Six Flags Mall owner says Arlington has nixed Hispanic shopping center

Posted Monday, Aug. 05, 2013  comments  Print Reprints

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Eight months after buying the long-troubled Six Flags Mall property on Division Street, Fort Worth antique dealer G.L. “Buck” Harris is suing the city of Arlington alleging that it violated his due process by preventing him from pursuing development plans to turn the property into a Hispanic-oriented shopping center called Plaza Central.

Harris filed the lawsuit in federal court in Dallas on Wednesday, claiming that the city violated his rights when it “abruptly stopped issuing permits” for the project and has “refused” to tell him why.

Harris could not be reached for comment Friday, and his attorney, Frank Hill in Arlington, declined to comment.

Jay Doegey, Arlington’s city attorney, said he is surprised that Harris filed the lawsuit because city staff is working the project through the development process. He said the city staff has met with Harris more than once about the issues.

According to the lawsuit, in June 2012, Harris met with the city’s planning and development officials to discuss his idea for the mall and see if there were any problems with the property, according to the suit.

When no issues arose, Harris paid $5 million to the International Bank of Commerce and closed the deal Nov. 20. Over the next five months, Harris spent another $1.5 million in renovations on the property, located on the east side of Texas 360.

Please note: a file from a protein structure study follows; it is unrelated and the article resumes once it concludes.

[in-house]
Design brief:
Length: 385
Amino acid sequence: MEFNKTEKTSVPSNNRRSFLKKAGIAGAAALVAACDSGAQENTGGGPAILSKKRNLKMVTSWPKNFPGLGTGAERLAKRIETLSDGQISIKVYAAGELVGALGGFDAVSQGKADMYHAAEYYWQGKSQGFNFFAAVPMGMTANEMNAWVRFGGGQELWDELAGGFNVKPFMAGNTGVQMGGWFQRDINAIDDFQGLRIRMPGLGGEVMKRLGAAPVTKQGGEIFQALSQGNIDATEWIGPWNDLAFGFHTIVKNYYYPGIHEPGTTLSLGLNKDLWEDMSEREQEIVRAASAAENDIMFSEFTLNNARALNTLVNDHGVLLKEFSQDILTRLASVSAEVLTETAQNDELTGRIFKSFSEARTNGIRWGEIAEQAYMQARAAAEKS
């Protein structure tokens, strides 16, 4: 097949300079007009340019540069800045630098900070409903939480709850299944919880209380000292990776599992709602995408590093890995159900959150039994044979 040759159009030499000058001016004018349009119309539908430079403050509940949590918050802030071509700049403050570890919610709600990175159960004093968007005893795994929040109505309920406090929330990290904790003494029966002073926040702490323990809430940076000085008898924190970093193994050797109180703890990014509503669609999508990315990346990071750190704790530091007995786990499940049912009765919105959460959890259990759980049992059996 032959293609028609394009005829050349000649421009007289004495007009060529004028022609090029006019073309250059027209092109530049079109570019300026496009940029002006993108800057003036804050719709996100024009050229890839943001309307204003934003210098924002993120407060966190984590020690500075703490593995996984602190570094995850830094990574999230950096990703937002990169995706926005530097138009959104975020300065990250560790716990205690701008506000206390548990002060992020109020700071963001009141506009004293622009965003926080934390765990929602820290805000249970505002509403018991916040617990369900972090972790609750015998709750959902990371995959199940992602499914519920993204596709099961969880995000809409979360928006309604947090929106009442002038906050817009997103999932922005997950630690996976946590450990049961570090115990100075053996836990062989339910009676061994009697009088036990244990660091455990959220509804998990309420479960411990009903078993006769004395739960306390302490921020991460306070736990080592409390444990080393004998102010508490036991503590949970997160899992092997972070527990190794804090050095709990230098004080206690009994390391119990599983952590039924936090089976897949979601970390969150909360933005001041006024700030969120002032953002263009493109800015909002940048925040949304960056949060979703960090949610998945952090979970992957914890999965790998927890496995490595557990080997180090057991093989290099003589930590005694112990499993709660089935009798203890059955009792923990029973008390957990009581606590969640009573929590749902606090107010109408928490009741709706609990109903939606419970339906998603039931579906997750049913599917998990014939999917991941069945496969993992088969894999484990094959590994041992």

In May, though, the property was “flagged,” and Harris was no longer issued permits, the lawsuit says. In a meeting that month with city inspectors and a city attorney, Harris said, he was told the property needed to be re-platted, there were problems with parking, and that he needed to file landscape plans for portions of the property he didn’t own, the lawsuit says.

Harris said the meeting was “adversarial in tone” and that immediately following it, he suffered a stroke and was hospitalized.

According to the lawsuit, Harris has signed leases with at least 140 tenants.

“Harris had no intention of buying Six Flags Mall and investing millions of dollars if problems existed that would delay the issuance of permits to renovate and have tenants occupy the premises,” the lawsuit says.

Doegey said when city staff first met with Harris a year ago, they were unaware that the property had not been re-platted since two anchor sites had been sold and parking lot areas subdivided. The city later told Harris that needed to be done, and early last month Harris filed a proposed property plat. “That’s been going through the development process,” Doegey said.

Doegey said the review process will not stop as a result of the lawsuit.

The former Foley’s and Sears anchor spaces are owned by different investors. The Foley’s space last changed hands in 2009. Dillard’s owns its anchor space and operates a clearance center on the first floor, and Cinemark still operates a theater.

Harris bought the nearly 364,000-square-foot center portion of the former mall and the former J.C. Penney anchor site from the International Bank of Commerce, which foreclosed in 2008 on former owner Tom Morris, who had defaulted on an $11.7 million note. In 2011, the bank attempted to sell the property at auction.

Harris said when he bought the property that once the mall is up and running, he planned to donate it to a Christian volunteer group, Youth with a Mission.

Sandra Baker, 817-390-7727 Twitter: @SandraBakerFWST

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